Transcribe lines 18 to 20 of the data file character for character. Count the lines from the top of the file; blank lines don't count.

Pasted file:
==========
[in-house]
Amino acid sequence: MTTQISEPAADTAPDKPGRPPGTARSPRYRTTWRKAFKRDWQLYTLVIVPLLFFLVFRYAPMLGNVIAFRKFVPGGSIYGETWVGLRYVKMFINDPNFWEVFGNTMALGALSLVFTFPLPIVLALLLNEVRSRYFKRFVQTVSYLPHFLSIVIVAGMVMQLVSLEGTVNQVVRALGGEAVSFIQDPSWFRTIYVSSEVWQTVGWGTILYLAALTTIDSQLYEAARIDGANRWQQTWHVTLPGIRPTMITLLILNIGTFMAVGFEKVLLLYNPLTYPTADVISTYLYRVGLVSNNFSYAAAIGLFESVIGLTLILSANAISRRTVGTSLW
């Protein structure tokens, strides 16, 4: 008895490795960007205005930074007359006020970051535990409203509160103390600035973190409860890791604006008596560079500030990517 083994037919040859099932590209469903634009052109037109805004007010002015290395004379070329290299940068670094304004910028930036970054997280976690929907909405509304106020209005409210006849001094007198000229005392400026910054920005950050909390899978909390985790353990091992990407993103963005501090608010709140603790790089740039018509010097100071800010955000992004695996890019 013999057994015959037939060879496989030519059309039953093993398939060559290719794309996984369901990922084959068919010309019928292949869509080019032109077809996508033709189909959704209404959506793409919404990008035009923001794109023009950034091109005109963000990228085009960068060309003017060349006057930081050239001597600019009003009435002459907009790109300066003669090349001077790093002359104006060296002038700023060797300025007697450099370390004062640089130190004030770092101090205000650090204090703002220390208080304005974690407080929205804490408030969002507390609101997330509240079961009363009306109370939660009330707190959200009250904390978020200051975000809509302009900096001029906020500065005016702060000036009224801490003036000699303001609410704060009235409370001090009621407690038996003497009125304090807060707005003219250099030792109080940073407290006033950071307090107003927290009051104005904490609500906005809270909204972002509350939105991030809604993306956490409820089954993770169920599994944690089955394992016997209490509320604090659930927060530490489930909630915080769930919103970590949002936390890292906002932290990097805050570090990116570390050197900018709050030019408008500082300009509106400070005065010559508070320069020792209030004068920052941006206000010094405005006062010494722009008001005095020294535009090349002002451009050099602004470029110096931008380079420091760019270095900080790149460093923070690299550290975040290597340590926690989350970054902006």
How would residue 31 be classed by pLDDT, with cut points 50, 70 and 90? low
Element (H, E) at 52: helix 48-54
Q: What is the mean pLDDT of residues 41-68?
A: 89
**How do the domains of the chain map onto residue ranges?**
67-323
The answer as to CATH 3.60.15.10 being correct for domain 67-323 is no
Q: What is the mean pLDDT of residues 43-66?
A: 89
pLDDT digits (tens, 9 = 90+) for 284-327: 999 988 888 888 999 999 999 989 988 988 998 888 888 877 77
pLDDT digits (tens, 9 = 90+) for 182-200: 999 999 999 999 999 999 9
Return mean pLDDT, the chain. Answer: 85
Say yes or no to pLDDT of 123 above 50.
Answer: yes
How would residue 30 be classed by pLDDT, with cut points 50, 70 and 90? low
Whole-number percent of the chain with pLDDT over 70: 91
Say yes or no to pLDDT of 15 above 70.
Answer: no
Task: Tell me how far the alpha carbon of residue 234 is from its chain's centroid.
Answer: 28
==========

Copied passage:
How would residue 30 be classed by pLDDT, with cut points 50, 70 and 90? low
Whole-number percent of the chain with pLDDT over 70: 91
Say yes or no to pLDDT of 15 above 70.